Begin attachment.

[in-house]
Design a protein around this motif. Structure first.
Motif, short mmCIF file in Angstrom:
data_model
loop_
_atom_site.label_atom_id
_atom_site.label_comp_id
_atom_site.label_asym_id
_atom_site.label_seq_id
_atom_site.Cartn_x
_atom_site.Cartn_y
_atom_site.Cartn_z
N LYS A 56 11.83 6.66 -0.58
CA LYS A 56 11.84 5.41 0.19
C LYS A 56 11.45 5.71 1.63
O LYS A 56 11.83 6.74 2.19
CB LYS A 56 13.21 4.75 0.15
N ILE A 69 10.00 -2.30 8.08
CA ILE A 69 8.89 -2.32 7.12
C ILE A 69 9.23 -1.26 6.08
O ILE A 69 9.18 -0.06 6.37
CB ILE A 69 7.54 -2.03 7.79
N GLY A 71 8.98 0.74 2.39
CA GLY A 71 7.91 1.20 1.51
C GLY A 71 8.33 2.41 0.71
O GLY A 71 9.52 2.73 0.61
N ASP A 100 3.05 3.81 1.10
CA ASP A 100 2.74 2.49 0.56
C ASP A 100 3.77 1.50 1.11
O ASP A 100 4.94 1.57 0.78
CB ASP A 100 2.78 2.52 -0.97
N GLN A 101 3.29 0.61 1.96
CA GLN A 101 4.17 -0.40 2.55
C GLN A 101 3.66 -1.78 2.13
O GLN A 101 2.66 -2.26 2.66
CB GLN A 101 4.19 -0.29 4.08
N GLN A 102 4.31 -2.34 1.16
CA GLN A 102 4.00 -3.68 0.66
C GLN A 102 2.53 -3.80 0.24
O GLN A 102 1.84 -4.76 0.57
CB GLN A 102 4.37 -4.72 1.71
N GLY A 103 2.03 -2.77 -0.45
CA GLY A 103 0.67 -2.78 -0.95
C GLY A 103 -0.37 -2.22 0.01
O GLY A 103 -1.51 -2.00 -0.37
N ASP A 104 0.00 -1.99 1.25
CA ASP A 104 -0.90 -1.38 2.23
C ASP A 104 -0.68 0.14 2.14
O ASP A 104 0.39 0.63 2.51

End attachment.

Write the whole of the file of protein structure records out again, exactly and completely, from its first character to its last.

[in-house]
Design a protein around this motif. Structure first.
Motif, short mmCIF file in Angstrom:
data_model
loop_
_atom_site.label_atom_id
_atom_site.label_comp_id
_atom_site.label_asym_id
_atom_site.label_seq_id
_atom_site.Cartn_x
_atom_site.Cartn_y
_atom_site.Cartn_z
N LYS A 56 11.83 6.66 -0.58
CA LYS A 56 11.84 5.41 0.19
C LYS A 56 11.45 5.71 1.63
O LYS A 56 11.83 6.74 2.19
CB LYS A 56 13.21 4.75 0.15
N ILE A 69 10.00 -2.30 8.08
CA ILE A 69 8.89 -2.32 7.12
C ILE A 69 9.23 -1.26 6.08
O ILE A 69 9.18 -0.06 6.37
CB ILE A 69 7.54 -2.03 7.79
N GLY A 71 8.98 0.74 2.39
CA GLY A 71 7.91 1.20 1.51
C GLY A 71 8.33 2.41 0.71
O GLY A 71 9.52 2.73 0.61
N ASP A 100 3.05 3.81 1.10
CA ASP A 100 2.74 2.49 0.56
C ASP A 100 3.77 1.50 1.11
O ASP A 100 4.94 1.57 0.78
CB ASP A 100 2.78 2.52 -0.97
N GLN A 101 3.29 0.61 1.96
CA GLN A 101 4.17 -0.40 2.55
C GLN A 101 3.66 -1.78 2.13
O GLN A 101 2.66 -2.26 2.66
CB GLN A 101 4.19 -0.29 4.08
N GLN A 102 4.31 -2.34 1.16
CA GLN A 102 4.00 -3.68 0.66
C GLN A 102 2.53 -3.80 0.24
O GLN A 102 1.84 -4.76 0.57
CB GLN A 102 4.37 -4.72 1.71
N GLY A 103 2.03 -2.77 -0.45
CA GLY A 103 0.67 -2.78 -0.95
C GLY A 103 -0.37 -2.22 0.01
O GLY A 103 -1.51 -2.00 -0.37
N ASP A 104 0.00 -1.99 1.25
CA ASP A 104 -0.90 -1.38 2.23
C ASP A 104 -0.68 0.14 2.14
O ASP A 104 0.39 0.63 2.51